“At last…have you no shame?”

The Toronto Transit Commission is on strike. And I am angry.

No, check that – I’m furious. Furious that a bunch of complacently overpaid doofuses can basically throw a tantrum that leaves thousands of their fellow human beings helpless and stranded (and in a not insignificant number of cases, drunk) on downtown streets at Friday midnight.

No, I wasn’t one of them; I happen to have a 9-5 weekday job, and no plans that would’ve taken me into the outskirts. First I heard of a strike I was being shuttled around early-morning service in Shoemom’s Kia.

Thing is, though, among TTC riders, I’m in the minority. I know this because the last time there was a major weekday strike I was working shifts at the bookstore. Only a quirk of scheduling meant 28-year-old me wasn’t tripping along freakin’ Yonge and Dundas at 11pm.

Supposedly, this time ’round the union bosses violated their own promise to give 48-hours’ notice of any strike action because they were concerned for the safety of their own in the interval. Uh-huh. If I’m the ticket taker at, say, Runnymede at 9pm Friday night, and I’m hearing this rationale to start kicking people off the trains at midnight (literally – TTC subway and most bus service ordinarily goes offline at 2:30 am, meaning these poor victimised fragments of humanity whom we should all rally behind in a spirit of blue-collar solidarity actually stopped the trains and told people to get off, young, old, handicapped, what-have you, regardless of how rough the neighborhood or how far from their destination)yeah, the first thing going thru my head as I face that mob is “Ooh, such caring, thoughtful leaders we have!” You betcha.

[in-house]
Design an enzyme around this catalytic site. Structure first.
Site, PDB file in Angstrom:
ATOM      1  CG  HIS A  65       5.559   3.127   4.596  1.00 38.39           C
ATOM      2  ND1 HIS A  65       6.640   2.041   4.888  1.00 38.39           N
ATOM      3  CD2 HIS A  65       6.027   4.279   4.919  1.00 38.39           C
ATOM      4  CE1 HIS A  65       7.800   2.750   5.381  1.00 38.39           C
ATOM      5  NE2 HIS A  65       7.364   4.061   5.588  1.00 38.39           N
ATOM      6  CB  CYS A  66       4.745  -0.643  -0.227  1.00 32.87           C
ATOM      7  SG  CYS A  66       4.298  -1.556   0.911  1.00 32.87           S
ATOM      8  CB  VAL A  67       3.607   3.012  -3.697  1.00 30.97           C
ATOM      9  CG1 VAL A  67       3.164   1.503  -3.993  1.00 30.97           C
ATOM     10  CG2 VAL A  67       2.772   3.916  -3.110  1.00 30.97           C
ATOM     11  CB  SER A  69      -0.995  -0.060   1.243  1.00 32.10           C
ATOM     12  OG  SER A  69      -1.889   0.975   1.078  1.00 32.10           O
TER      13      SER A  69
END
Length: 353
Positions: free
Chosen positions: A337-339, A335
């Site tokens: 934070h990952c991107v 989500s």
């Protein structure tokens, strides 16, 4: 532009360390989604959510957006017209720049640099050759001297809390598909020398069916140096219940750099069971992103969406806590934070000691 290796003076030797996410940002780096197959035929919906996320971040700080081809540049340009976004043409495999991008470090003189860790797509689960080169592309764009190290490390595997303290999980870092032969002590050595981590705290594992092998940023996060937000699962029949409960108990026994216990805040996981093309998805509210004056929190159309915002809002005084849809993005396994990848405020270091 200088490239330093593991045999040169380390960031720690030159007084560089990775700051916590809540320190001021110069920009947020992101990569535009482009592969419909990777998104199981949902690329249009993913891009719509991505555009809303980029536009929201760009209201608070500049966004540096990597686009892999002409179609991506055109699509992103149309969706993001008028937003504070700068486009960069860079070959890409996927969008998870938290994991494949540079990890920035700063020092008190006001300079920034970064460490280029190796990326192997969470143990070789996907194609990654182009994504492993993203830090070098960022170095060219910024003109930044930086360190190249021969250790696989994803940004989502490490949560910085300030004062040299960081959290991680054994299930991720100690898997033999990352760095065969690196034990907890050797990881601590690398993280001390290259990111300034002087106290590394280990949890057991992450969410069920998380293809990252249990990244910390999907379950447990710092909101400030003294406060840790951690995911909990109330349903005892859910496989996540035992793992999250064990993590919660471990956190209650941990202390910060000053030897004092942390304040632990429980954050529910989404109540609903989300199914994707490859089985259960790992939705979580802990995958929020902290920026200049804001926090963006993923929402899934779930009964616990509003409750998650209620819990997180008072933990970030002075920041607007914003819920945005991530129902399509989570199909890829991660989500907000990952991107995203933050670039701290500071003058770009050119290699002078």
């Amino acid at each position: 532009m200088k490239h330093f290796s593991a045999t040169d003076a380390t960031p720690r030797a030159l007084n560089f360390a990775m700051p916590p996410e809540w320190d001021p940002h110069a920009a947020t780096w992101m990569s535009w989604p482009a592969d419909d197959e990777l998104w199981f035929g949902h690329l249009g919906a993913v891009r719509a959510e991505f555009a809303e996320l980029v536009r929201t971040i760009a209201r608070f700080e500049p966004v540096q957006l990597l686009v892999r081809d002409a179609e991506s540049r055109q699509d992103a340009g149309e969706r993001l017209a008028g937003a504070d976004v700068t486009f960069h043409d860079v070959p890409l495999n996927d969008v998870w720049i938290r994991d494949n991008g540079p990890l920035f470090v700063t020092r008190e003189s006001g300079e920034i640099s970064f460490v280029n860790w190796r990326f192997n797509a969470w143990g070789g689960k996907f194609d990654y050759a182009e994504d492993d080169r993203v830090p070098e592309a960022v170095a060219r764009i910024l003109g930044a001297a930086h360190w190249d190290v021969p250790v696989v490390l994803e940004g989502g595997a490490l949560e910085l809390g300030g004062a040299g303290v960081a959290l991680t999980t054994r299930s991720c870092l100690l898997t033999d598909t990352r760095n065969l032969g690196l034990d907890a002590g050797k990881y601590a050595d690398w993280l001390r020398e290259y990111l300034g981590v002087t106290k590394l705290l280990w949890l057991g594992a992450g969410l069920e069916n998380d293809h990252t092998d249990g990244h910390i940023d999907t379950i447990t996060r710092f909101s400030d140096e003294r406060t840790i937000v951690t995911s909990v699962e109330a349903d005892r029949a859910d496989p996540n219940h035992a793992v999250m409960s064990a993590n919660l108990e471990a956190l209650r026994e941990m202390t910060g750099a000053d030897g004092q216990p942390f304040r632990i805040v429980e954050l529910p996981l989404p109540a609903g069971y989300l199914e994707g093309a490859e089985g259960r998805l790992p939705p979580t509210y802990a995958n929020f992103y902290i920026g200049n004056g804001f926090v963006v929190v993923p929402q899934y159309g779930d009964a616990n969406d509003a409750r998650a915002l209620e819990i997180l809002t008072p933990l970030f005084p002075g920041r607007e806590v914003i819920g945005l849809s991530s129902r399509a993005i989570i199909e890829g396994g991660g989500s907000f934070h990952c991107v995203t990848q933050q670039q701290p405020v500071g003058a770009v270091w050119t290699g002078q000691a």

The next thing – had I my druthers this would be while our hypothetical hero was making himself a cuppa back home, trying to distract himself with thots of all the money he’s going to have; no recession for his lard-lined butt (mostly from randomly stranding his riders to pick up a coffee along the way) – suddenly, just as cup lifted to lips, he would be struck with a single chilling thought: “They’re gonna legislate us back to work in two days at the latest. What happens then?”

…I can tell you right now, it ain’t gonna involve commuters breaking into spontaneous choruses of angelic welcome.

Newsflash, poor miserable sots who so valiantly do the transit jobs nobody else wants: You don’t. Do the jobs valiantly, that is. As far as I can tell in twenty years of taking transit under all conditions, times and places, anyway. You’ve plastered posters all over the city trying to convince me that each of your employees is worth a million bucks to the city; apparently I misread and what you really meant was ‘each of the five people in these-here posters’, because the rest of them smirk sullenly at best and actively hate the people they ‘serve’ at worst.

I can respect a desire to be protected from the baser element; been there, seen that, it’s real. What I can’t condone is the assumption many if not most TTC employees make  that every single rider they encounter – including but not limited to tottery old ladies who can’t figure out where to  put their parcels – is potentially a threat.

Guess what, Clyde? I know this is going to come as a shock, given the amount of time your bosses put into making you believe that you’re just the most specialest middle-aged relicts in the universe, but…you make the trains run on time, most of us don’t even see you.